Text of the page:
By Aaron Deering
With NUI Galway’s Students’ Union elections coming up, I decided to investigate the history of our Students’ Union. I interviewed Dr Sarah-Anne Buckley from the History Department on the history of social movements, and why she thinks Students’ Unions and student movements are still important today.
NUI Galway Students’ Union was originally established in 1911 as the Students’ Representative Council. It wasn’t until the 1960s when the council was developed into the University’s Students’ Union, which was previously known as Comhairle Teachta na Mac Léinn.
It’s no surprise that past presidents of the Students’ Union, which include President of Ireland Michael D Higgins, former TD and Minister for Communications, Energy and Natural Resources Pat Rabbitte, former TD and Tanaiste Eamon Gilmore and Senator Ronan Mullen have gone on to achieve greater political aspirations. In recent years the Students’ Union has been vocal on important student issues such as fees and the rising cost of student accommodation across Galway.
Dr Sarah-Anne Buckley spoke to SIN about her specialisation studying social movements in Britain, and her interest in Irish social movements.
“I teach a course on the history of social movements in Britain from 1945 to the present, and I am very interested in the history of social movements in the Irish context in my own research.”
“From 1945, Britain’s political and cultural landscape was changed by social movements campaigning on issues of gender, race, disability, sexuality, the environment, peace and anti-fascism.”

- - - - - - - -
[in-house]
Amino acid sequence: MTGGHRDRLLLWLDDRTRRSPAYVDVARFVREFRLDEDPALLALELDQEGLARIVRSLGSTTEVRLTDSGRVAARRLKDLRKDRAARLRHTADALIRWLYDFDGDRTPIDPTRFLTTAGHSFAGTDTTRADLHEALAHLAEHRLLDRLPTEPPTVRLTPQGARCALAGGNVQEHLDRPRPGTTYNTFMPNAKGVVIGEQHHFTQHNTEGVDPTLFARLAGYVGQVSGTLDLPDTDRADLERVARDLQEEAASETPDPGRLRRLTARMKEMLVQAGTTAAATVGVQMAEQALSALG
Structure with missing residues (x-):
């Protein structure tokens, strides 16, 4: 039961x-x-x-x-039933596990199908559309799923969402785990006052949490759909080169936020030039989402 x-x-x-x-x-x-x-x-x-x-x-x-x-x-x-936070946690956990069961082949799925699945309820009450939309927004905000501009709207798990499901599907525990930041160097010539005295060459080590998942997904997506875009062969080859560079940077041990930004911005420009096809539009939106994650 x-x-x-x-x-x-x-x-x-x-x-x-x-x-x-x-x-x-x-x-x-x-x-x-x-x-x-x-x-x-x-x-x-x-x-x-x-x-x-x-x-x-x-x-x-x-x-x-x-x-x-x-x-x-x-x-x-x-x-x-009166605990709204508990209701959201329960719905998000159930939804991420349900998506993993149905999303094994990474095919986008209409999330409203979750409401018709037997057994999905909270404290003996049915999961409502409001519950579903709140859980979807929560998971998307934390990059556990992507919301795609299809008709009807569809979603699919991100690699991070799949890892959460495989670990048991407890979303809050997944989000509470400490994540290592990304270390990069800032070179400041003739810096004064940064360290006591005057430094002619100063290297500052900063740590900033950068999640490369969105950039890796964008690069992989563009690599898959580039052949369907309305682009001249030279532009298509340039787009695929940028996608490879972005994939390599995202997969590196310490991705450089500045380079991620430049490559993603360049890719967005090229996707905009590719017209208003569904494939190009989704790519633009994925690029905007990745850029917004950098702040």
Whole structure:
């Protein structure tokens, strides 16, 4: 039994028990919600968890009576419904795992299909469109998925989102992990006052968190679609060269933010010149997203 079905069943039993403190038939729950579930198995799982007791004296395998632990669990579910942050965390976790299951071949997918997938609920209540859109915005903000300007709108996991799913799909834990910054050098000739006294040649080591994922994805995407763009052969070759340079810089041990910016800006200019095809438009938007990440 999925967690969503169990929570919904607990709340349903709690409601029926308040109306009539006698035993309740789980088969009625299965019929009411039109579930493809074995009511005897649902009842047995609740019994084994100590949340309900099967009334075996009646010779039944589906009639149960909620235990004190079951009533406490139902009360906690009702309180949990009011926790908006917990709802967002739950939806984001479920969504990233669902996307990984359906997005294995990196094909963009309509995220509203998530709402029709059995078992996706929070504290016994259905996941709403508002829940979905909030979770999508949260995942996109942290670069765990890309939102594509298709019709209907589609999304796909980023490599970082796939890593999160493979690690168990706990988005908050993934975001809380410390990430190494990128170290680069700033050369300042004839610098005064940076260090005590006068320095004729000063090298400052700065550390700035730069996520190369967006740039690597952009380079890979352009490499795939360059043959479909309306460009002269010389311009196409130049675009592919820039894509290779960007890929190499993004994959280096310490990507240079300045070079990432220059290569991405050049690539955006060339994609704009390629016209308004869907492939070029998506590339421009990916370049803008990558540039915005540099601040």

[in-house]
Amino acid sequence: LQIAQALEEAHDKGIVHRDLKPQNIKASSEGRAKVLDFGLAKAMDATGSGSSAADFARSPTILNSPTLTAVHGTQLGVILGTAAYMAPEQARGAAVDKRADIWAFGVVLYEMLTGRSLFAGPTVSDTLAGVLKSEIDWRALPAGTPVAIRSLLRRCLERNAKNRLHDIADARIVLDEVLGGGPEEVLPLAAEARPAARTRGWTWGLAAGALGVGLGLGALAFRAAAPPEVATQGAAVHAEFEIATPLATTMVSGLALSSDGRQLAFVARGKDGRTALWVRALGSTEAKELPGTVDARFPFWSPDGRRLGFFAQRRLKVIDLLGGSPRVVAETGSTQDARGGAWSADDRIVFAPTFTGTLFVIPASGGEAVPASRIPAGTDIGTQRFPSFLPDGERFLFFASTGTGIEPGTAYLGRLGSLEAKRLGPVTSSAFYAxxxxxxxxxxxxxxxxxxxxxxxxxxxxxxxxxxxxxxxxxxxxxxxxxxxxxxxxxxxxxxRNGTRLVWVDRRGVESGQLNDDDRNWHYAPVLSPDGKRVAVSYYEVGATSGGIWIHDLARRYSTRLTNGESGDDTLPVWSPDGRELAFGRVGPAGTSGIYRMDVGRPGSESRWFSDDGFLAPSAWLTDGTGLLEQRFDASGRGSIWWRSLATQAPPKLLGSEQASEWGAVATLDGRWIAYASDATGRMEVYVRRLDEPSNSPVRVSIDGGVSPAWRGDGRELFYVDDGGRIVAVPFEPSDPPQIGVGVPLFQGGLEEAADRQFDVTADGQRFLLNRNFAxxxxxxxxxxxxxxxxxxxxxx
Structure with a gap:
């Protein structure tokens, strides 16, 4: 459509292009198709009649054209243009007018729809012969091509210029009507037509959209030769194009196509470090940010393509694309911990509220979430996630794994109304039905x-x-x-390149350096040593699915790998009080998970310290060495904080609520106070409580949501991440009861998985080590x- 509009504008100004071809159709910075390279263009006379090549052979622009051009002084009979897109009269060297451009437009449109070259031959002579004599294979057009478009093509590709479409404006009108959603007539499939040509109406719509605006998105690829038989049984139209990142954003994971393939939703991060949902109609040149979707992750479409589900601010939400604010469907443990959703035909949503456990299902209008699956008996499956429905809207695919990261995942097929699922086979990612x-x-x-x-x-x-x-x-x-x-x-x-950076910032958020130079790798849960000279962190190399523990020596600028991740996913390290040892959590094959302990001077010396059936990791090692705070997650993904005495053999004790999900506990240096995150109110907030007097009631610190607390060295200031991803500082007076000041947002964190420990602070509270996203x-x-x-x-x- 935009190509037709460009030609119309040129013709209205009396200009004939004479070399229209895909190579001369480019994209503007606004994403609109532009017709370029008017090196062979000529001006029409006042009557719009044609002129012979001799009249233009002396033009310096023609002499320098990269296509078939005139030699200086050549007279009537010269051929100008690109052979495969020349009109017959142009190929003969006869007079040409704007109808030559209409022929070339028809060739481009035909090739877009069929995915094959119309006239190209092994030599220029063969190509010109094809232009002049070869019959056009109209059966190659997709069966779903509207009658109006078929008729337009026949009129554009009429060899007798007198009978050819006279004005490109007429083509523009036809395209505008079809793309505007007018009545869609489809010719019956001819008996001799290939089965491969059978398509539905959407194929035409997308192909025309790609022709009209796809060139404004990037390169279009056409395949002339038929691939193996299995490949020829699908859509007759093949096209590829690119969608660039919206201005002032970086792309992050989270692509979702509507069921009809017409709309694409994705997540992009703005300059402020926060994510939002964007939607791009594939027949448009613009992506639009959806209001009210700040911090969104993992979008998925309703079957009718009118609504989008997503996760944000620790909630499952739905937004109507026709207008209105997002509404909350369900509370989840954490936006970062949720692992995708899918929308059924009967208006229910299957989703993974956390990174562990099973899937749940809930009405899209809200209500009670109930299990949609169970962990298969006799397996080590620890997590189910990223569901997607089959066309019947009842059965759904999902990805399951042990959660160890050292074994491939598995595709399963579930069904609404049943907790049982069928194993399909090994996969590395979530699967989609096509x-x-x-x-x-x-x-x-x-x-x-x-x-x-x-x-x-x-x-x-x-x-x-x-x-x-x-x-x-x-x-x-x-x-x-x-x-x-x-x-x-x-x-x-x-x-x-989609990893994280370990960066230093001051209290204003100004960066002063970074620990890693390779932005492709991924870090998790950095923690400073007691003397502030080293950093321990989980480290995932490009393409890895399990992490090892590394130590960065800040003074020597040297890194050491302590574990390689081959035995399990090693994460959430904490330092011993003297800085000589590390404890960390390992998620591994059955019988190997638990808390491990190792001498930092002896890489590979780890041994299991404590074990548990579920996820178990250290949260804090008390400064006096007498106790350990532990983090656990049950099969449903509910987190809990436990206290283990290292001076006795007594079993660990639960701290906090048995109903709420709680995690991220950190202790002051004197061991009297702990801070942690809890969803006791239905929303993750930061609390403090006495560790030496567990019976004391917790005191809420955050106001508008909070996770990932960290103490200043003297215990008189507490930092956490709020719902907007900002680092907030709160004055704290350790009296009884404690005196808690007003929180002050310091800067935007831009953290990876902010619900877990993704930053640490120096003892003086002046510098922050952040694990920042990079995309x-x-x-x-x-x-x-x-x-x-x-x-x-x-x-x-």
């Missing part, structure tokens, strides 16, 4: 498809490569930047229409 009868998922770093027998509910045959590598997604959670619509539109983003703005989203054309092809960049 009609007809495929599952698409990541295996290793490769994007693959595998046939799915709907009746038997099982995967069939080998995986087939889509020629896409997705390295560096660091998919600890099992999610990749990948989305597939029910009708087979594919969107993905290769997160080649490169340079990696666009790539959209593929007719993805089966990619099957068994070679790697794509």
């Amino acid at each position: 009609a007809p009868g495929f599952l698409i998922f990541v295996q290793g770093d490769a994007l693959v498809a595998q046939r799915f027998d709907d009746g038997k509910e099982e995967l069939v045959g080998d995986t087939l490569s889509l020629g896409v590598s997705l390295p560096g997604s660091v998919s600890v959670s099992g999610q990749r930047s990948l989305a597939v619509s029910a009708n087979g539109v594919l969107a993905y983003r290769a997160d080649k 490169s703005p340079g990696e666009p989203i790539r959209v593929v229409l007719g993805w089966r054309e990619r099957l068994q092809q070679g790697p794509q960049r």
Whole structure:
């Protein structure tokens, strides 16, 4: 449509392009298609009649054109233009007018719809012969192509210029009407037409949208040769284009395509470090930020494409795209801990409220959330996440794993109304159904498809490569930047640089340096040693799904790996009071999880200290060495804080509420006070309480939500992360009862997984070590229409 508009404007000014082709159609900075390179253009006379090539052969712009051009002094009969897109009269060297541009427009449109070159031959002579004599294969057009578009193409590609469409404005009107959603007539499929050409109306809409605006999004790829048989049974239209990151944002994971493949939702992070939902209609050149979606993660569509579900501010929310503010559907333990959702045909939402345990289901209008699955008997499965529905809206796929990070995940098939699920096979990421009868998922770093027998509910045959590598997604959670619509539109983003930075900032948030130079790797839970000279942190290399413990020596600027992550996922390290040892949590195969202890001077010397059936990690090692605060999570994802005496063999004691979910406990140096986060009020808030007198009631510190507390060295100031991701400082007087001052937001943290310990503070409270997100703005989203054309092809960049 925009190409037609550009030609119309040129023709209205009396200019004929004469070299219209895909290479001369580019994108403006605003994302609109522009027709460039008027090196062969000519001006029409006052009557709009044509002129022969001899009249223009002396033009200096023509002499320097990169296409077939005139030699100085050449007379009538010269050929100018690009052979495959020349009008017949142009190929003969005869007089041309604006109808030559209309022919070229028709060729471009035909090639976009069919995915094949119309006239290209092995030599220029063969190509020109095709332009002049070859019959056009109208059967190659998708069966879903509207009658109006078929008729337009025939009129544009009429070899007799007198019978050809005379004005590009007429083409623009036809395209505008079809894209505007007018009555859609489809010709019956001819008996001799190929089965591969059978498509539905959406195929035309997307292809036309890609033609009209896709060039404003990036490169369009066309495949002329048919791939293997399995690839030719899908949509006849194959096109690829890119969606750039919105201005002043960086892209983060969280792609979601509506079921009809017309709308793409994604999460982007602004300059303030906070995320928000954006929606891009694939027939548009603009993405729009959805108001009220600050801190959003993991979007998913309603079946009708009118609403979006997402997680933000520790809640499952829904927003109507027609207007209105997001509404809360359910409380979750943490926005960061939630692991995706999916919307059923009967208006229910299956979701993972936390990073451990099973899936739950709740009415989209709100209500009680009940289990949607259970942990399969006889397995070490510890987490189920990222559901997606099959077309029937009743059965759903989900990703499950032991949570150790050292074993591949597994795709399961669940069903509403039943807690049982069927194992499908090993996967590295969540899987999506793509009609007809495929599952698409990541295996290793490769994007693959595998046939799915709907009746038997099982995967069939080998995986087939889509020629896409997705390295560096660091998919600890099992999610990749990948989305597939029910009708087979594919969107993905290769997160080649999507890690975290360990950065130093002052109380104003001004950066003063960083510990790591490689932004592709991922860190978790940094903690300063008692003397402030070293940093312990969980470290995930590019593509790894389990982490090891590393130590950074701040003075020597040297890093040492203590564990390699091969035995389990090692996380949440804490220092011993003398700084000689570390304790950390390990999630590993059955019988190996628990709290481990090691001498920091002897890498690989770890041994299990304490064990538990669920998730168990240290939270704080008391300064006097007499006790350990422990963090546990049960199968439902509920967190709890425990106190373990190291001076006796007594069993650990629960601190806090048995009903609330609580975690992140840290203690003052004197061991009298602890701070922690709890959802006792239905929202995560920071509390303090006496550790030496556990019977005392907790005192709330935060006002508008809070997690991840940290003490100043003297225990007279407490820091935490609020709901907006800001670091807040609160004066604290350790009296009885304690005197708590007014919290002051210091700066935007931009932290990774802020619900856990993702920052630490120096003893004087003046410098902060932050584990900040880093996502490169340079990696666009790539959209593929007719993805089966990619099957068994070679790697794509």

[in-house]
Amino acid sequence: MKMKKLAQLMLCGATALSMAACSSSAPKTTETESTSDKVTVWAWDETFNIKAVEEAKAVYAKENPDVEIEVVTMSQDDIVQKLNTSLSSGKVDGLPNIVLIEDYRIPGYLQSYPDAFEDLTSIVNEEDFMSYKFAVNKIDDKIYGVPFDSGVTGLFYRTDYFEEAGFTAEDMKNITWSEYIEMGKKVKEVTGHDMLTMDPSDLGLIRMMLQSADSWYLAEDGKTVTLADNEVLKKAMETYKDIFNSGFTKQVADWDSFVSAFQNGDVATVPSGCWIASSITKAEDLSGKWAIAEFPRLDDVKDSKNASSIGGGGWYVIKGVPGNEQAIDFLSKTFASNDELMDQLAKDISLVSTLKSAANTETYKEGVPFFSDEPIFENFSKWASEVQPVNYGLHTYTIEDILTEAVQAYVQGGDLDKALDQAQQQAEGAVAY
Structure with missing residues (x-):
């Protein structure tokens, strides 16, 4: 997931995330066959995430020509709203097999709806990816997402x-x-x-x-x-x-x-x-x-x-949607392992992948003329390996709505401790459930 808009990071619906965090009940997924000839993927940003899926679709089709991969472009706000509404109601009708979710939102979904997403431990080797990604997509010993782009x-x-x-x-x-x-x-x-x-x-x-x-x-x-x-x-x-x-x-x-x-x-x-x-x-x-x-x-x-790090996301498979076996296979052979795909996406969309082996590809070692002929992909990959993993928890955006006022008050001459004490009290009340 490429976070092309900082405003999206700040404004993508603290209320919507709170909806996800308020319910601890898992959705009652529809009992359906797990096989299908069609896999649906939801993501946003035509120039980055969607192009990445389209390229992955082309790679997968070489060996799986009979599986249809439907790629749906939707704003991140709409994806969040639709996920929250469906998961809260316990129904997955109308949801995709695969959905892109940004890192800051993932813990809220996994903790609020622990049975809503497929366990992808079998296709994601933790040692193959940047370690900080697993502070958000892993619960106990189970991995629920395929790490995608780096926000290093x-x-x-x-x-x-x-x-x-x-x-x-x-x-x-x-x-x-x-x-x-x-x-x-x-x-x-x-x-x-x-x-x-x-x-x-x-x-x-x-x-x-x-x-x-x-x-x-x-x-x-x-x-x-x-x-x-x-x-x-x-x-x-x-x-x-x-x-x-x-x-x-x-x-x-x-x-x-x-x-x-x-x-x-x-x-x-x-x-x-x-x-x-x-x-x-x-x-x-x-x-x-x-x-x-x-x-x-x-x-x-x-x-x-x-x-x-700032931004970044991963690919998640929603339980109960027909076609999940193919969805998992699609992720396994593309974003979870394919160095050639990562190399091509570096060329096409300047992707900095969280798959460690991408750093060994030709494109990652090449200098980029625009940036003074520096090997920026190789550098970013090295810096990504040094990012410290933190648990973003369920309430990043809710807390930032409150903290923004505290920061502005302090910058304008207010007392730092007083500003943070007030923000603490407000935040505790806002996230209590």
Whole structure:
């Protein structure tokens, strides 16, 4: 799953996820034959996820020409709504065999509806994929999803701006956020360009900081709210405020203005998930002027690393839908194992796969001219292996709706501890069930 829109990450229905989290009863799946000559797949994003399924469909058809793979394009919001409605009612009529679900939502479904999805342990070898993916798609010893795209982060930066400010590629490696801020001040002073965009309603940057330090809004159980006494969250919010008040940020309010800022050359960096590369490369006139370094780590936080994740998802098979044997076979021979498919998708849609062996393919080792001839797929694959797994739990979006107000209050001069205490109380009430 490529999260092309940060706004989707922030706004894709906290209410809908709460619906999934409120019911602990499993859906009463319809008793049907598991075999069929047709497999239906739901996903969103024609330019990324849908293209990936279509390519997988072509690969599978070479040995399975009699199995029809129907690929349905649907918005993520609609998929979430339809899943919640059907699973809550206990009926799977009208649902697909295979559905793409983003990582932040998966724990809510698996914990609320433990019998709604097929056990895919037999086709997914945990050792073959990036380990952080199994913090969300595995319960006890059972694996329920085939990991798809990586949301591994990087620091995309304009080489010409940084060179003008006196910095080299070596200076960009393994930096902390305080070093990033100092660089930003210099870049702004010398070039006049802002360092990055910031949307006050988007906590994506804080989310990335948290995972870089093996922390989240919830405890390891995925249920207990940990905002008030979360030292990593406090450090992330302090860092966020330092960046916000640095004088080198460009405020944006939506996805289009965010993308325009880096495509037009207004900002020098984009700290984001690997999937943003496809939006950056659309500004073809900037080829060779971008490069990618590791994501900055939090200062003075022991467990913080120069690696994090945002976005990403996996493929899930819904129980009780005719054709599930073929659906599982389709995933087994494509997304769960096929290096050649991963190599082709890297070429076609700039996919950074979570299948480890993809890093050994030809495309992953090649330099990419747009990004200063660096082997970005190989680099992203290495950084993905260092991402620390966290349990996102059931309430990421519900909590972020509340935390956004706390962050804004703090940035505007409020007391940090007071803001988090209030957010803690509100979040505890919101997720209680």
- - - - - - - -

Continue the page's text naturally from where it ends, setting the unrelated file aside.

“In class we look at the more moderate campaigns in the 1950s, for example the Homosexual Law Reform Society, to more radical campaigning in the 1970s by those in the women’s liberation movement, the gay liberation front and the environmental movement.”
“I think students are very interested in the radicalism of individual movements, but also how fragmented they can become, often as a result of internal politics and the extent to which they affected the political agenda.”
Although she was never involved in her own Students’ Union in college, Dr Buckley highlighted her involvement in the campaign to repeal the Eight Amendment and the influential impact Students’ Unions have on campaigns.
“I do think they can be very influential in campaigns, for example the campaign to decriminalise homosexual acts in Ireland in the 1970s and 1980s. I was involved in the campaign to repeal the Eighth Amendment as a student in University College Cork in the early 2000s and I have always had an interest in left-wing politics, especially feminist politics.”
Finally, when asked if student movements and Students’ Unions were still important today, and if there are any differences from past student movements, Dr Buckley called for more student movements and highlighted their enduring value. “They are hugely important I think. Students have always brought energy and vision to movements and their participation is critical. We need more student movements, not less!”